Amrit A Rambhajan, MD, David M Parker, MD, FACS, Anna R Ibele, MD, Kathleen Johanson, DO, Vladin Obradovic, MD, Jon D Gabrielsen, MD, FACS, Anthony T Petrick, MD, FACS
Geisinger Medical Center
Background: Paraesophageal hernias (PEH) are more common in older patients. Many patients are not referred for repair (LPEHR) due to underappreciated symptoms or concerns that surgical outcomes lead to significant morbidity and mortality. The purpose of our study was to analyze outcomes of initial PEH repair in elderly patients.
Methods: All patients undergoing repair of an initial paraesophageal hernia between January 2003 and January 2012 at our center were entered into a prospectively maintained database (n=268). All patients were divided into groups by age (Y<69 and O>70). The older group was further subdivided into YO=70-79 and VO>80. The BMI, Charlson score, operative time, estimated blood loss, LOS, recurrence, QOLRAD scores, morbidities and mortality were compared using Wilcoxon rank sum test.
Results: The mean age of patients in Y (n=141) was 56.2 [range 32-69] while in O (n=127) the mean age was 77.4 [range 70-98] Subgroup YO had 82 and VO had 45 patients. The older group O had a significantly greater Charlson score than Y (5.17 v 1.96; p<0.001). Charlson score was also significantly higher for both YO (4.76) and VO (5.91) compared to Y (p<0.001). BMI was higher in Y (31.4) than O (28.2; p< .001). There was no difference in operative time or EBL for the groups.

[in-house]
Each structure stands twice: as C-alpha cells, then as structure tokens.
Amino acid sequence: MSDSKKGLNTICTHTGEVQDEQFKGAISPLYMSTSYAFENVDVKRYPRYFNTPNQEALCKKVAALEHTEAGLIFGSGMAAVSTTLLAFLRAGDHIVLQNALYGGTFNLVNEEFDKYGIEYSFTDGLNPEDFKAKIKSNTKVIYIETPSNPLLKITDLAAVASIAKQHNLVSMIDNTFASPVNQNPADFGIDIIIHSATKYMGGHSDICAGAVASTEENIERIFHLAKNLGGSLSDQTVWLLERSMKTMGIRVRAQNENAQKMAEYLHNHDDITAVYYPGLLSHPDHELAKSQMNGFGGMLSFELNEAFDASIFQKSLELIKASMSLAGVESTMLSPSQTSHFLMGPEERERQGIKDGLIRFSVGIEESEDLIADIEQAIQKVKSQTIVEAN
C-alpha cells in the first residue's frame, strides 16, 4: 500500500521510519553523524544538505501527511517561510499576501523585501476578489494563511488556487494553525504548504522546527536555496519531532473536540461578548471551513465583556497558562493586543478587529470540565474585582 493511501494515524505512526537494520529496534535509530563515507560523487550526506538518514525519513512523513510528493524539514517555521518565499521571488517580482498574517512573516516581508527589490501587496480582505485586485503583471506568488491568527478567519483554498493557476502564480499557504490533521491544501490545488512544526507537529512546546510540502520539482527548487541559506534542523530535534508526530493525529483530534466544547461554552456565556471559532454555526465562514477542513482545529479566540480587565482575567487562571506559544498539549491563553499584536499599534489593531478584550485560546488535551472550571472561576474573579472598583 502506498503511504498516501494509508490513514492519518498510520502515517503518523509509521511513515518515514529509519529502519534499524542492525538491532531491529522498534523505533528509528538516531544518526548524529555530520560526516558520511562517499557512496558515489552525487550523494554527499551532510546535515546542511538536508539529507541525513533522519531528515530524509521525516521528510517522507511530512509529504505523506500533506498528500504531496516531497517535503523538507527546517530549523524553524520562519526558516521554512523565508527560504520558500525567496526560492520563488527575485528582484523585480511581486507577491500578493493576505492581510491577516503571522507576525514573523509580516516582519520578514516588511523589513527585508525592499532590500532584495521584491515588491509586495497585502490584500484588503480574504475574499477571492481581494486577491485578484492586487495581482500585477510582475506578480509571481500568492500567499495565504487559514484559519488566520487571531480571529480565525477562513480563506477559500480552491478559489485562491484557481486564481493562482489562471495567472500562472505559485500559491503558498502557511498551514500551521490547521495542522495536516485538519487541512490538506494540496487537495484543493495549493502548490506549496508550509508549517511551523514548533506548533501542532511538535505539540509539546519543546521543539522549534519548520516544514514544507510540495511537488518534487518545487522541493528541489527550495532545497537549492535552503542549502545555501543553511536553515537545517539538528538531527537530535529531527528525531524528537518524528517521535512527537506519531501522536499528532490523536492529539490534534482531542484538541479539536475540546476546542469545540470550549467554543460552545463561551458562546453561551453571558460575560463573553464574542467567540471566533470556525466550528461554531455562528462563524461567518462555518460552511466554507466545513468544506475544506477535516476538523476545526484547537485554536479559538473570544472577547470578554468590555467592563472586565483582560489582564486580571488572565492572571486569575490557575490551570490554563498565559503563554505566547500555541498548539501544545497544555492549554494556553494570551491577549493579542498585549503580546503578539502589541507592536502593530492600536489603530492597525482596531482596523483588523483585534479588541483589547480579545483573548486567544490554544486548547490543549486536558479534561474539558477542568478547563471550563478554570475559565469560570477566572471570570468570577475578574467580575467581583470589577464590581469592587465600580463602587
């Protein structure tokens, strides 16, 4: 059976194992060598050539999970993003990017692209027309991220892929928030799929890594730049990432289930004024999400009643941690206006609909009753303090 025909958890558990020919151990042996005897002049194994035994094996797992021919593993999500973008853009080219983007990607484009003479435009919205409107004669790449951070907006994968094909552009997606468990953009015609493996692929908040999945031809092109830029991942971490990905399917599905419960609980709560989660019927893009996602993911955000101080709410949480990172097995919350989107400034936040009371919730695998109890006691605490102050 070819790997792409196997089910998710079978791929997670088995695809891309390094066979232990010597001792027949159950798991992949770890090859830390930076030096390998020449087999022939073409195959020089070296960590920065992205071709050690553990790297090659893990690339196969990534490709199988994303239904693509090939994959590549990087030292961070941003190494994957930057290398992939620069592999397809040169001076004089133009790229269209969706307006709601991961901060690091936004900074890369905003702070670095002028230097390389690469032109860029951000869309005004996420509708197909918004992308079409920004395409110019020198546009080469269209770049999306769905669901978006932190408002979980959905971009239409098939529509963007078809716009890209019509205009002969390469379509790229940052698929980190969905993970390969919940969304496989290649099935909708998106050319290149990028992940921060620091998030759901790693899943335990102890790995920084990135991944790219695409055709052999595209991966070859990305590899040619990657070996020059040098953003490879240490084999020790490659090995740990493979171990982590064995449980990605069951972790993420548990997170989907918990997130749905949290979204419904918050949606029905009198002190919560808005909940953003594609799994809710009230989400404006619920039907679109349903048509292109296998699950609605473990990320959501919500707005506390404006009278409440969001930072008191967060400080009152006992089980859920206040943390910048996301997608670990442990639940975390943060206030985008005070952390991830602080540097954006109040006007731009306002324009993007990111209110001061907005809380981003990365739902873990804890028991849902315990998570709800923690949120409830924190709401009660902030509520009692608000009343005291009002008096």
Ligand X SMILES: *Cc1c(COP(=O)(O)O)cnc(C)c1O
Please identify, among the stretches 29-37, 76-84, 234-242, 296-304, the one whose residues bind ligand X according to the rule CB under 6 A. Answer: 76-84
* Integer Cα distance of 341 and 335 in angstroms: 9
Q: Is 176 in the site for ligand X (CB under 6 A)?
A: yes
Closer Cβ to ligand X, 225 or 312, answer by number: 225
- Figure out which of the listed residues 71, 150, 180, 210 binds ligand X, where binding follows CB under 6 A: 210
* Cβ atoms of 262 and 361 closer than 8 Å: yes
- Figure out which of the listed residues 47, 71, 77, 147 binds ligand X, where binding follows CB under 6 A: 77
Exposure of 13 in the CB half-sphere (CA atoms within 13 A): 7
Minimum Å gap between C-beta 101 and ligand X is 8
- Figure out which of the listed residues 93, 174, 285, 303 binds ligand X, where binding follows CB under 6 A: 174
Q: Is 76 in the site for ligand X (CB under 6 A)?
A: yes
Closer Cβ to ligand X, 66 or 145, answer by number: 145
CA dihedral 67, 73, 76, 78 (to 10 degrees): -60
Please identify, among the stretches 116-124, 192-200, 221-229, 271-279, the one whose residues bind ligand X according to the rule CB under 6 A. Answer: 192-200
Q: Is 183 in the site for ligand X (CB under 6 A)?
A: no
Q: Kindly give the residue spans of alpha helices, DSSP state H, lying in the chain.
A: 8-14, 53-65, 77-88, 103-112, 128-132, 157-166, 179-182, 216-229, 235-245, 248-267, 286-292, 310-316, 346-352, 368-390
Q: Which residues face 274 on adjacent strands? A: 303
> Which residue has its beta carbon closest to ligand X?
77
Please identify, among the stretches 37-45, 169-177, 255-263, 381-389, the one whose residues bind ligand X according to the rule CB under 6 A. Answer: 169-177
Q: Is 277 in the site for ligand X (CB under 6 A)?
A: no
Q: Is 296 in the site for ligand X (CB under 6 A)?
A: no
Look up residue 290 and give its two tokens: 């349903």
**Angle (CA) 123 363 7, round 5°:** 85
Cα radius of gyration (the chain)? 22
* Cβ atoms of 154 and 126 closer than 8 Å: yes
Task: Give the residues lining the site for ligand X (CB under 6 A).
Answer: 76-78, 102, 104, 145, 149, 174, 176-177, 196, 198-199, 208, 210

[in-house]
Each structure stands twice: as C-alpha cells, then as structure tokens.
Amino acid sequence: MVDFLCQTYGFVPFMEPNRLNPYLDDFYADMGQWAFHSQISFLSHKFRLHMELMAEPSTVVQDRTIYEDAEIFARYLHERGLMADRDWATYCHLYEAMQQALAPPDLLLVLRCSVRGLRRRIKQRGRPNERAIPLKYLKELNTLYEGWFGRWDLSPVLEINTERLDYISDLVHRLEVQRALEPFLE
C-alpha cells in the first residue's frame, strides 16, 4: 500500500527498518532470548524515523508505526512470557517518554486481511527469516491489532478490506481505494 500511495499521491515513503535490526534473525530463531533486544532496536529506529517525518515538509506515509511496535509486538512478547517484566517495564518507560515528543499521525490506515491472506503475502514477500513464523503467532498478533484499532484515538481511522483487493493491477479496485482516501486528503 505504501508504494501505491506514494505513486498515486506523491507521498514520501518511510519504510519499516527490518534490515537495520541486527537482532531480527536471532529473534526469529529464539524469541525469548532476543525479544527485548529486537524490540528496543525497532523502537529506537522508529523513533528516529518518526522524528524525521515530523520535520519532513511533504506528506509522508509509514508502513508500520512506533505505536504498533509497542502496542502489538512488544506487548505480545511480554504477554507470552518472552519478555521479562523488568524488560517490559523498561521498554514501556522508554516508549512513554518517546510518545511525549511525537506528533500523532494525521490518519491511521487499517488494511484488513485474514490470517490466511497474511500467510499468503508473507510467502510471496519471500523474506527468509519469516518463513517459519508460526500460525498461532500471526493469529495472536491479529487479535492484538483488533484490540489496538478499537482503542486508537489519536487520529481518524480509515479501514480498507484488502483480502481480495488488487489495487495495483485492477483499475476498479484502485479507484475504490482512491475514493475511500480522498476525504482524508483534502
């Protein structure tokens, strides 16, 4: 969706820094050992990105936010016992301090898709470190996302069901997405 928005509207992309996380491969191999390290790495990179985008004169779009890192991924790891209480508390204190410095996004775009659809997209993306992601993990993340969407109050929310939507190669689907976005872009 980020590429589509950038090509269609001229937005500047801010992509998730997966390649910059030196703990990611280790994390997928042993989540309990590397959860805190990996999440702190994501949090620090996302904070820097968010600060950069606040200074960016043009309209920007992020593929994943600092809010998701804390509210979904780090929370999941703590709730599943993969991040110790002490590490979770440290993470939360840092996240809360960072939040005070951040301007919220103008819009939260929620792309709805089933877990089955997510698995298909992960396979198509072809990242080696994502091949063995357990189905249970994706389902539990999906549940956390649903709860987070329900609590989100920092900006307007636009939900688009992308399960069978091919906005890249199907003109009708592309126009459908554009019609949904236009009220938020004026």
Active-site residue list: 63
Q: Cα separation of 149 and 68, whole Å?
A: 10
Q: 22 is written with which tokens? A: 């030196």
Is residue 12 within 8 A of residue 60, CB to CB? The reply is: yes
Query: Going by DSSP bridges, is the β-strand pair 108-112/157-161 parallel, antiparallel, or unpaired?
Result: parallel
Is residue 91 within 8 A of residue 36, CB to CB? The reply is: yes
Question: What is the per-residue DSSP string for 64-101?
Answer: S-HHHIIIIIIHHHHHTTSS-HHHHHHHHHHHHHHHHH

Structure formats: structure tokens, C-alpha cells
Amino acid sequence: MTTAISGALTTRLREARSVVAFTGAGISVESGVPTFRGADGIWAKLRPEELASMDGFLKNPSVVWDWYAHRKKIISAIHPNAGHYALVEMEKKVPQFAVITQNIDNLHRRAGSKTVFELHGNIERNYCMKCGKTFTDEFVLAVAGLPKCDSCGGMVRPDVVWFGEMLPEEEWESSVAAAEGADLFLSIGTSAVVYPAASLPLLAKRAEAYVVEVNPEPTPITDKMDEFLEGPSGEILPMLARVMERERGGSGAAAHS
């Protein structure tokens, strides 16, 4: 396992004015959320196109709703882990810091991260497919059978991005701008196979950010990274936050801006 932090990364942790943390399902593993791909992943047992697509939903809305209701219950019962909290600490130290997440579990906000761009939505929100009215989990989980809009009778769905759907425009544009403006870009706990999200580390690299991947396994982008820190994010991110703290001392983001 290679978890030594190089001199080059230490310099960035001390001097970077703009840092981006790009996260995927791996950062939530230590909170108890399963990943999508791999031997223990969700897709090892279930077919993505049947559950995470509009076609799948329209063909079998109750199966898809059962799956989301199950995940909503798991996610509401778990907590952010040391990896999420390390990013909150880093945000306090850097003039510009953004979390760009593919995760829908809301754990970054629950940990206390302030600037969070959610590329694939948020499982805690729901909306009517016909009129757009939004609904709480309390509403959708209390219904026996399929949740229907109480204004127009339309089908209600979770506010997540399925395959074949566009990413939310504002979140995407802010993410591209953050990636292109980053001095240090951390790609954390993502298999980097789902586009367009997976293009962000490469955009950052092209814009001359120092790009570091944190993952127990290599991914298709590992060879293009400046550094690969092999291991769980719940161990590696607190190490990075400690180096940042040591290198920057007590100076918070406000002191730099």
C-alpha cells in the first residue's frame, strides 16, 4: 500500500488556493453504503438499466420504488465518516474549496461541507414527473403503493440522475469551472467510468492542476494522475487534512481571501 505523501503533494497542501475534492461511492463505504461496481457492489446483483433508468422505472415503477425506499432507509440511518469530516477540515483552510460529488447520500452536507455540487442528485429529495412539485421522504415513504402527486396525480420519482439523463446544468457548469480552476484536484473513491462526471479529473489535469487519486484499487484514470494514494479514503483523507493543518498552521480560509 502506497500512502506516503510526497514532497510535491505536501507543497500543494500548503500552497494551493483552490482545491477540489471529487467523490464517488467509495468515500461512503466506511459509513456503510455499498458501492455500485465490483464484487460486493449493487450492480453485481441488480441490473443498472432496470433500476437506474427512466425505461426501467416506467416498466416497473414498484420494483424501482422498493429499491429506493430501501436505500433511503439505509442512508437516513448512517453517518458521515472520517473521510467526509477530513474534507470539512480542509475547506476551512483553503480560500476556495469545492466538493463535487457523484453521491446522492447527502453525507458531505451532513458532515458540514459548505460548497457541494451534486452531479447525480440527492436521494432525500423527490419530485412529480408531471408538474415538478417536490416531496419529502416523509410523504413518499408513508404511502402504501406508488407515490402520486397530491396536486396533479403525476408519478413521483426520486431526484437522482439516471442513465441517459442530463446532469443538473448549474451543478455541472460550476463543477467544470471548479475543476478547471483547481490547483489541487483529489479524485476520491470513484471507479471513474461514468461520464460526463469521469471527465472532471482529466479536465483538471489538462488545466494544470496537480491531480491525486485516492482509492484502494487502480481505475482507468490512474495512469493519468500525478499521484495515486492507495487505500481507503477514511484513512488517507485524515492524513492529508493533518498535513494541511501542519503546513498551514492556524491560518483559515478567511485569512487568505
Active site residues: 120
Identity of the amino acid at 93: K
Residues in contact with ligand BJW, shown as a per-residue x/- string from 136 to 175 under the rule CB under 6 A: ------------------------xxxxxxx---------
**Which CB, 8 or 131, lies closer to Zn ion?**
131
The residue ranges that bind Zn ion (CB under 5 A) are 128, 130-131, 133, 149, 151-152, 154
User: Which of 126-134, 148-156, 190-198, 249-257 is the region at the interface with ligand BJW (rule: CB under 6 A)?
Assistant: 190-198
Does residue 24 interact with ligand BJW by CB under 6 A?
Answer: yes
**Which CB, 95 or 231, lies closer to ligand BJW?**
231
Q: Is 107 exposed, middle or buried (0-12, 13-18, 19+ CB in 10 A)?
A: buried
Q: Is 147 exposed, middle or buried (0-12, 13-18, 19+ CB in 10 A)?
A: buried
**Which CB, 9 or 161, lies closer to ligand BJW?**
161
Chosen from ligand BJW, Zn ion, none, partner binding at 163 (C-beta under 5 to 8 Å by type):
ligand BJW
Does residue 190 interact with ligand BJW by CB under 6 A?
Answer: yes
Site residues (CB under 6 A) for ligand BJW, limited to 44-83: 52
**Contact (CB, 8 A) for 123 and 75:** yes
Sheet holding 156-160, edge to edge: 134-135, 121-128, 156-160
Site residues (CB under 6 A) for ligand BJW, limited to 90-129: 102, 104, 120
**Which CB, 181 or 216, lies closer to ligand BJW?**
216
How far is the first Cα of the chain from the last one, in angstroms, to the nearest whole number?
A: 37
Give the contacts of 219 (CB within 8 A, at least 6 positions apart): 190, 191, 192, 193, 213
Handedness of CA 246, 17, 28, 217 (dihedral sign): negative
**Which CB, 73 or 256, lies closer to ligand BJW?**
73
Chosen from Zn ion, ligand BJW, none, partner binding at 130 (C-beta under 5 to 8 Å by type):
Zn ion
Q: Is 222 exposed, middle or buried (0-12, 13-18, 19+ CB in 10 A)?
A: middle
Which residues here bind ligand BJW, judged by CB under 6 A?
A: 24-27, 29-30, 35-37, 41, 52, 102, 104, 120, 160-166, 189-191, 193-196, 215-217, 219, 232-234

The mean LOS was significantly shorter for Y (2.44) compared to O (3.84; p<0.001). Overall morbidity was greater in O (23.6%) vs Y (13.5%; p=0.034) as was the need for ICU (O=9.45% vs Y=1.47%; p=.007). There was no difference between the need for postop ventilator support between the Y and O groups, but when subgroups were compared it was higher in VO (Y=1.4% vs VO=11.1%; p=0.003). Re-operation within 30days was more common in the older group O (5.5%) than the younger Y (0.73%; p=0.02). There were no differences between the groups in the leak rate or need for transfusion. All repairs were completed laparoscopically. Mortality was 0.75% for all patients, with only 1 death in each group (Y,O).
The mean follow up was 23.7 months for all patients with no significant differences between any of the groups. Symptomatic PEH recurrences were similar between the groups (Y=4.4% vs O=3.2%; p=0.61). There was a significant improvement in QOLRAD scores in both groups (Y 107.3 to 161.7, p<0.001and O (104.7 to 166.1, p<0.001), however the improvement in QOLRAD scores was not significantly different between groups (Y=54.4 vs O=60.0; p=0.51).
Conclusion: As expected, patients > 70 years old with symptomatic PEH had more co-morbid medical problems than younger patients. These factors did not preclude LPEHR although they did lead to greater morbidity, LOS and re-operative rates. Despite these factors, the mortality rate was very low for both groups. At 23 months follow up, the clinical benefits of LPEHR were also significant and similar for both groups with very low recurrence rates. The decision to perform LPEHR in elderly patients remains challenging, but the procedure can be done safely and is effective in these patients in experienced centers.
Session: Poster Presentation
Program Number: P236